"Careful!" Sofia ducked instinctively and grabbed the door handle passenger-side, "Good God, don't you rear-end him with somebody else's car!"

"I am more worried about hitting a more expensive car than our own…" Alex muttered as he braked wildly, and twisted the wheel. "Don't you know the current car-hierarchy? A Volga isn't all the rage anymore."

"Well, you just remember you're not driving in America, Sasha." A frightened Sofia usually meant an irritated Sofia, which usually meant a suffering Alexander. "So long as you don't fully succumb to the local custom and start purposefully hitting pedestrians, that is." The bag of electronics and gadgets on the back seat of the borrowed car slid precariously to one side, and something jingled in it. BUMP! The car hit yet another pothole, and the gentle apparatus squealed protest. Sofia leaned over and pulled the heavy bag onto her lap, to avoid discovering that some crucial part of equipment was banged into little and quite useless shreds.

Another aspect of Russia that seemed not only universal, but nigh onto multi-dimensional was the terrible state of the roads, and the complete lack of respect Russian drivers gave the rest of the world. That most assuredly did include people on the sidewalks, people crossing roads legally at a green light, and especially people hitchhiking. If you were anywhere in the vicinity of a stretch of asphalt - and you weren't driving - your life was by definition forfeit without repercussions.

Alexander Rabinovich hadn't driven in anything less tame than New York in several years.

Not to say that he was a slouch - Sofia grabbed onto the handle again as he ground to a stop at a red light - but one's senses could only stay so sharp, for so long, without constant exercise. And Russian drivers were, despite all rumours to the contrary, the worst in the world.

They should have just taken a bus to Althea's parents, honestly. But then it would have been a trifle hard to explain the electronics. People didn't normally carry around fragile silicon chips, homing devices and other arcana. Not that anybody was likely to look and see either the equipment, or two people vanishing in the blue haze of teleportation, but they did want it secret, and they did want a vanishing act… Hence the extreme privacy and the reason the two were driving out to the parents' tomato farm.

**************************************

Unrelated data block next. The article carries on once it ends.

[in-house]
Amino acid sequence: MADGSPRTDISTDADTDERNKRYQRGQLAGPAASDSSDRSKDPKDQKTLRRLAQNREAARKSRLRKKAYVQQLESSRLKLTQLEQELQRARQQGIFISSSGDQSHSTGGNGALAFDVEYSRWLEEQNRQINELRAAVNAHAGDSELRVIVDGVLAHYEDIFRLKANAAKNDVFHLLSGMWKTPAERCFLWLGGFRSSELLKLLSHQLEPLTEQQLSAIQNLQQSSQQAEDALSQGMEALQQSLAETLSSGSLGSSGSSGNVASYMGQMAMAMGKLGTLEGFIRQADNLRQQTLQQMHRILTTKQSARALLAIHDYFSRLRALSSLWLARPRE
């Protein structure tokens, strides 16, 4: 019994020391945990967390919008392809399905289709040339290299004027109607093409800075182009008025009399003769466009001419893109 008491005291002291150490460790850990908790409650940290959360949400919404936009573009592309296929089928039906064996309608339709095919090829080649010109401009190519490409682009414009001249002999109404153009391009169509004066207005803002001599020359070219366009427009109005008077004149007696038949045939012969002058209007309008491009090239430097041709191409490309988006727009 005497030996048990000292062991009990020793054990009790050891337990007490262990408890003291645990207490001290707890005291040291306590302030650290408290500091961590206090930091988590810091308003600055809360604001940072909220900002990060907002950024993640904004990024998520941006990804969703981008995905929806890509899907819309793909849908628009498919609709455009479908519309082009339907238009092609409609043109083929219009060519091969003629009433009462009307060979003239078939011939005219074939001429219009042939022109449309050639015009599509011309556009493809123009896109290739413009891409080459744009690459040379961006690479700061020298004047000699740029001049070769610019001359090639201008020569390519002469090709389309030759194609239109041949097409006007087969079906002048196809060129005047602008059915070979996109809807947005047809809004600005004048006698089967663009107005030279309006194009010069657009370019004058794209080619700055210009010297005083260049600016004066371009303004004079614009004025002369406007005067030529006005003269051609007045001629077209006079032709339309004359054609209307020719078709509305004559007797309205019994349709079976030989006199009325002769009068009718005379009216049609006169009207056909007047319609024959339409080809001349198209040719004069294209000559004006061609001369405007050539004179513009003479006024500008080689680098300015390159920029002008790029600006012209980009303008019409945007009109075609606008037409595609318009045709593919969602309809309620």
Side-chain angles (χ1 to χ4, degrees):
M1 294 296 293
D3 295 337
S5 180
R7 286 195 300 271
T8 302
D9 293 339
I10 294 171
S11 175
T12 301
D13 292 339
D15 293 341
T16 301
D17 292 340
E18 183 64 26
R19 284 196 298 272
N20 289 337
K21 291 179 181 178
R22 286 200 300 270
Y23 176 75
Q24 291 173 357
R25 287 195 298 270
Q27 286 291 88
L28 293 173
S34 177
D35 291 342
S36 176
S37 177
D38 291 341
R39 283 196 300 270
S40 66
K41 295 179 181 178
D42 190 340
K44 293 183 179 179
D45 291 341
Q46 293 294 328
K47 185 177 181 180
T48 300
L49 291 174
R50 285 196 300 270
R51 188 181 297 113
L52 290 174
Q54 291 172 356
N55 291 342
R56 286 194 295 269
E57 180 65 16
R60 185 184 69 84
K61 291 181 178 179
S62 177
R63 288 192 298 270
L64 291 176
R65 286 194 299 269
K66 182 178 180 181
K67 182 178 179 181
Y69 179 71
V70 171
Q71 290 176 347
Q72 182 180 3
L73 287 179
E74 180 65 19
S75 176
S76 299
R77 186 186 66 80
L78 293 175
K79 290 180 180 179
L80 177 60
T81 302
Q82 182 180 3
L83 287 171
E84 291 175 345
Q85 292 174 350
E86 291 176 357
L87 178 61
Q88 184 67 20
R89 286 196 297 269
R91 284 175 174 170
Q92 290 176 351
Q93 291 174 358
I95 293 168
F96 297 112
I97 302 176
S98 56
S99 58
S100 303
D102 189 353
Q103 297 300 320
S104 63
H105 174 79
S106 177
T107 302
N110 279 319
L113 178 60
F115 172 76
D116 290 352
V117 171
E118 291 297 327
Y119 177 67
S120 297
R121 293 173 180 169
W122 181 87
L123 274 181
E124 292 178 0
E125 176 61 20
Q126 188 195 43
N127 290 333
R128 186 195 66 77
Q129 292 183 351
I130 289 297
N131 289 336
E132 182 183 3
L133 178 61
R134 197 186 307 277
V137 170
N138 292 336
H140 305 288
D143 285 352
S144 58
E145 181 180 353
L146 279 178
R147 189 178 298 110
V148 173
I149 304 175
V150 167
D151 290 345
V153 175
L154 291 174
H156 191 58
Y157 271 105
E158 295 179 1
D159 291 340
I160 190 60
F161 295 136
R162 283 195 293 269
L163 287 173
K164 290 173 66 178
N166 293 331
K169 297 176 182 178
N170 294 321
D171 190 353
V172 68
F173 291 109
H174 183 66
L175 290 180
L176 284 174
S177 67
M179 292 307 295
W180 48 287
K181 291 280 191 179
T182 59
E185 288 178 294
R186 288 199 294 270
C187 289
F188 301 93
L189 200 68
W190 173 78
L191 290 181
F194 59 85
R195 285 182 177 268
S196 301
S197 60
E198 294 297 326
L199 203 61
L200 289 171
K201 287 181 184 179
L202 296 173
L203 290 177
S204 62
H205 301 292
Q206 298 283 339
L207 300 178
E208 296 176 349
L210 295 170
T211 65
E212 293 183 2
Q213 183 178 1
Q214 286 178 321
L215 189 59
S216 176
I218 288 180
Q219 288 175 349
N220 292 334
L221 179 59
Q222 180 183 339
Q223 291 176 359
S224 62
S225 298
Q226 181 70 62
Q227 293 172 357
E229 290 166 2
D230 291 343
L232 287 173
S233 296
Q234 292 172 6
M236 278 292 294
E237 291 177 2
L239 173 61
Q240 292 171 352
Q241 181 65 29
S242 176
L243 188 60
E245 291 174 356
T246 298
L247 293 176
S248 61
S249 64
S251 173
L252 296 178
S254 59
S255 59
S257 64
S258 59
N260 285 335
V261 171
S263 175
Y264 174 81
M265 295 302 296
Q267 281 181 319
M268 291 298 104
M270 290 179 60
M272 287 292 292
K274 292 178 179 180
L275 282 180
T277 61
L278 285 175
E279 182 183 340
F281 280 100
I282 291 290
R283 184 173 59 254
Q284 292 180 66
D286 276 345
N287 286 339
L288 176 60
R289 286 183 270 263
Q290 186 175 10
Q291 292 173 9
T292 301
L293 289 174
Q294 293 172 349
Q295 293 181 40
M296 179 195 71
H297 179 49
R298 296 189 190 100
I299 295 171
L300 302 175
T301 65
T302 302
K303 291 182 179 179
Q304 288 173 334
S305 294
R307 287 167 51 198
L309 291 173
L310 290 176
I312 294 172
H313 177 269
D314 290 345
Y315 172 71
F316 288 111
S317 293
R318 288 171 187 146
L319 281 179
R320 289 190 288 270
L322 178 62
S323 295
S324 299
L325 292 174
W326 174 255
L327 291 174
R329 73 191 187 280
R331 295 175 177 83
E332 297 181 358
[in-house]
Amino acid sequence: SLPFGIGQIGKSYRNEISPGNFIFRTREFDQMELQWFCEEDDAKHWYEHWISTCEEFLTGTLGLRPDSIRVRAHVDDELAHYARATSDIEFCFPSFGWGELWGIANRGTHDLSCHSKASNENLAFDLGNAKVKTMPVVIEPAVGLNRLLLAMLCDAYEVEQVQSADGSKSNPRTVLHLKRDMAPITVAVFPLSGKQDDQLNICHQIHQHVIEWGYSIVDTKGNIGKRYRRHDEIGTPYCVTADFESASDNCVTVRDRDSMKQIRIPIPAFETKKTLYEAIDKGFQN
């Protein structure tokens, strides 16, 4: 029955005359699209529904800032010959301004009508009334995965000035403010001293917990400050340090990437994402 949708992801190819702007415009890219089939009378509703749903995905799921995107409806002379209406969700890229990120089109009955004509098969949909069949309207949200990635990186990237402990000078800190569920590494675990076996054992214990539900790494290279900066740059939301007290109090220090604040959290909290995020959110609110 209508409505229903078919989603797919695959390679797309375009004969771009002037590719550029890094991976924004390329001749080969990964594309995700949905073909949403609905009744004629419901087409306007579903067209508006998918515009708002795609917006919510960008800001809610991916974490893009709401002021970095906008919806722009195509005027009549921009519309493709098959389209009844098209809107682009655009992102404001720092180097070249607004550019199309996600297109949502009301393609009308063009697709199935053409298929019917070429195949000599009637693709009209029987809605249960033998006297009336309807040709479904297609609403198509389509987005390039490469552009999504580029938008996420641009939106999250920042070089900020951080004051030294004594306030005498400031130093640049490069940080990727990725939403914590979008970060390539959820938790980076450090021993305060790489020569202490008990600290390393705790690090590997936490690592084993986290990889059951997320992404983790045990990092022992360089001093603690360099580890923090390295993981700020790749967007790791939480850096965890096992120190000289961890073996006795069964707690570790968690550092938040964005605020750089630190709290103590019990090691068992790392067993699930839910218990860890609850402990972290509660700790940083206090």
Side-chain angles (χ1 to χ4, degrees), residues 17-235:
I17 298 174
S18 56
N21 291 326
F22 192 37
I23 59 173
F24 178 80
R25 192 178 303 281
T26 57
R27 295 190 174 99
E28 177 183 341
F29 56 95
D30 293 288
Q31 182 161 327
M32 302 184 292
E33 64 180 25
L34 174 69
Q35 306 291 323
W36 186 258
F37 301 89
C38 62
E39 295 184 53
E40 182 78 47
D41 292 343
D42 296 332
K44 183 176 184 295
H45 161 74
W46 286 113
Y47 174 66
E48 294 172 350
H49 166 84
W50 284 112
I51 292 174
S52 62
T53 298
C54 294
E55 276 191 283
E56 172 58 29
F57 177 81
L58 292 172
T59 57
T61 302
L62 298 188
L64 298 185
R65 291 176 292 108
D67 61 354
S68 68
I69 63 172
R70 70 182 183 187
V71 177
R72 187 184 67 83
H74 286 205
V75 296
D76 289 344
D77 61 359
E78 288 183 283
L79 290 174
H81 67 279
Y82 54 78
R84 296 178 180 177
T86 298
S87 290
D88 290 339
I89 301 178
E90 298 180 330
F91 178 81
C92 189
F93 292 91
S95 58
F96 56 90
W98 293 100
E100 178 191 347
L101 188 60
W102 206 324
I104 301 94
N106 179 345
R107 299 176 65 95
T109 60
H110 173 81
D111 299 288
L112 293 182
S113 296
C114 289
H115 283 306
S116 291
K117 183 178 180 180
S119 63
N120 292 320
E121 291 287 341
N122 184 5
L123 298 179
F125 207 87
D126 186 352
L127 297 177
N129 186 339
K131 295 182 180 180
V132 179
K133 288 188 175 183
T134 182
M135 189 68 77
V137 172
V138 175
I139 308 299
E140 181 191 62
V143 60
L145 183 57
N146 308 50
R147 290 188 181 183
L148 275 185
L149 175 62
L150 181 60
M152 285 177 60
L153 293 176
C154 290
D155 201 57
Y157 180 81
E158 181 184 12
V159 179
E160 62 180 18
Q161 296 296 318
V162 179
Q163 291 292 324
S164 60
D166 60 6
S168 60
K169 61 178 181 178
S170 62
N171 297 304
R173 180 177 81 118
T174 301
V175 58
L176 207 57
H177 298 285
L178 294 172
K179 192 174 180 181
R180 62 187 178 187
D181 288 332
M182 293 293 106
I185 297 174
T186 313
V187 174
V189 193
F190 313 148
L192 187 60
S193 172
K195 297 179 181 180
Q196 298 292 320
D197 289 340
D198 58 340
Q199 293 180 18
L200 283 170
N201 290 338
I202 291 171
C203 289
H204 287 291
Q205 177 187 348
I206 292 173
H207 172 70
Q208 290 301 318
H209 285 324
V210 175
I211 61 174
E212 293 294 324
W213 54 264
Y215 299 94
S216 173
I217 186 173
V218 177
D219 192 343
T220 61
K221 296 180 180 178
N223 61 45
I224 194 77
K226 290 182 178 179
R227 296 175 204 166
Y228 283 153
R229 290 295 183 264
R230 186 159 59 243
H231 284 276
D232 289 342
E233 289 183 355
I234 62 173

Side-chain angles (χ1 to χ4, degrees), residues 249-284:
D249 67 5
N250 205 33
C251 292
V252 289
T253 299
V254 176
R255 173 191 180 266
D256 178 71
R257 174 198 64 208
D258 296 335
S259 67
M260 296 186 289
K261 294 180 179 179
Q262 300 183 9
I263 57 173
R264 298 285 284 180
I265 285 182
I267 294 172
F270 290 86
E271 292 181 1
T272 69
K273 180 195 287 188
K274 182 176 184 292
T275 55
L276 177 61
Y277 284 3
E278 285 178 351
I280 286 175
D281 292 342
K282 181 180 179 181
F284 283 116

Thursday, Very Early Morning, Rhode Island Time

The light had barely dawned when the phone ring woke up Sofia Rabinovich.

Nobody called the Rabinoviches - neither the locals nor the guests - at such an unholy hour, unless these were the other Rabinoviches. Sofia plucked up the receiver next to the bed and mumbled something incoherent into it that she assumed the person on the other end of the line will take as 'bugger off'.

"It's me," came her own voice from the other end of the receiver. "And if you don't wake up, I'll make you pay the phone bill." Of course it's me, Sofia ranted to herself, and for that me it's already afternoon!

"Cruel and unusual," She mumbled while sliding out of her warm blanket and groping in the dark for her alternate's wool socks. "Whatcha want, monster?"

"It's time," her twin told her calmly, while something beeped in the background. "Get Althea and get ready. Get Aleksander and have him set up the equipment, then go to the CCCP base and be ready to jump them to Sanctuary as soon as they come through. Get a headset; I am your relay."

Right. This was it. After their alternates come back, they can ditch the act, and simply work together as themselves. That was a positive thing, Sofia tried to convince herself as she brewed tea, and dragged her sleepless Aleksander out of Alex's lab, where he was busy doing God-knew-what. She yanked out her alternate's laptop and poked at it carefully; she hadn't gotten the hang of these 'computer' things yet. Aleksander's learning curve was pretty much straight up; her own, being a little more in the realm of human, inched to the side… and she had a lot to learn, lately. But running a simple enough program was definitely within her capacity. Where was that headset the alters left her…?